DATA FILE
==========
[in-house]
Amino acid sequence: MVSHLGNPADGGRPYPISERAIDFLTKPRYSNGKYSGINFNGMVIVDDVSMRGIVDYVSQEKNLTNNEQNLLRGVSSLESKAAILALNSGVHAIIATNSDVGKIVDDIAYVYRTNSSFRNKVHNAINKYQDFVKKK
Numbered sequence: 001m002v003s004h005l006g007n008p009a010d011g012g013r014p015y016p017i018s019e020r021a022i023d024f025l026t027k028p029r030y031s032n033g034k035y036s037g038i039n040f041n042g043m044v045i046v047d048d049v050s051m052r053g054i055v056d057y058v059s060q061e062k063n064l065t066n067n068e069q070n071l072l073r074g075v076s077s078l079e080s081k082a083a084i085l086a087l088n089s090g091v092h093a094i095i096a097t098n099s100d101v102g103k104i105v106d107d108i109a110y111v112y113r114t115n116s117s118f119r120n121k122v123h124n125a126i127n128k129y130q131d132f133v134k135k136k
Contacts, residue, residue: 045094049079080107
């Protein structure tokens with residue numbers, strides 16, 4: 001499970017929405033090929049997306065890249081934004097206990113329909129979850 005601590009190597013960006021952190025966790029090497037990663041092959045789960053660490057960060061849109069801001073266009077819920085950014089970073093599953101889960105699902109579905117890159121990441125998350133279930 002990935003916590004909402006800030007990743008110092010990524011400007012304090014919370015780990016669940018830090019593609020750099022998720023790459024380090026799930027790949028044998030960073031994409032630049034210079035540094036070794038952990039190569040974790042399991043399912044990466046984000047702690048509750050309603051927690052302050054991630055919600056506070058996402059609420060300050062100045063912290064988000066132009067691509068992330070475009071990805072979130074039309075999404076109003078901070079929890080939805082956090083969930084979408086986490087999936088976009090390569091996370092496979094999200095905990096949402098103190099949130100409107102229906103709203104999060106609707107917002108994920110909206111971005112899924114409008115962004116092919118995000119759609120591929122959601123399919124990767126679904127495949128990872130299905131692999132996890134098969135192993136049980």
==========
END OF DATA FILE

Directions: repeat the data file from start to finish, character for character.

[in-house]
Amino acid sequence: MVSHLGNPADGGRPYPISERAIDFLTKPRYSNGKYSGINFNGMVIVDDVSMRGIVDYVSQEKNLTNNEQNLLRGVSSLESKAAILALNSGVHAIIATNSDVGKIVDDIAYVYRTNSSFRNKVHNAINKYQDFVKKK
Numbered sequence: 001m002v003s004h005l006g007n008p009a010d011g012g013r014p015y016p017i018s019e020r021a022i023d024f025l026t027k028p029r030y031s032n033g034k035y036s037g038i039n040f041n042g043m044v045i046v047d048d049v050s051m052r053g054i055v056d057y058v059s060q061e062k063n064l065t066n067n068e069q070n071l072l073r074g075v076s077s078l079e080s081k082a083a084i085l086a087l088n089s090g091v092h093a094i095i096a097t098n099s100d101v102g103k104i105v106d107d108i109a110y111v112y113r114t115n116s117s118f119r120n121k122v123h124n125a126i127n128k129y130q131d132f133v134k135k136k
Contacts, residue, residue: 045094049079080107
């Protein structure tokens with residue numbers, strides 16, 4: 001499970017929405033090929049997306065890249081934004097206990113329909129979850 005601590009190597013960006021952190025966790029090497037990663041092959045789960053660490057960060061849109069801001073266009077819920085950014089970073093599953101889960105699902109579905117890159121990441125998350133279930 002990935003916590004909402006800030007990743008110092010990524011400007012304090014919370015780990016669940018830090019593609020750099022998720023790459024380090026799930027790949028044998030960073031994409032630049034210079035540094036070794038952990039190569040974790042399991043399912044990466046984000047702690048509750050309603051927690052302050054991630055919600056506070058996402059609420060300050062100045063912290064988000066132009067691509068992330070475009071990805072979130074039309075999404076109003078901070079929890080939805082956090083969930084979408086986490087999936088976009090390569091996370092496979094999200095905990096949402098103190099949130100409107102229906103709203104999060106609707107917002108994920110909206111971005112899924114409008115962004116092919118995000119759609120591929122959601123399919124990767126679904127495949128990872130299905131692999132996890134098969135192993136049980």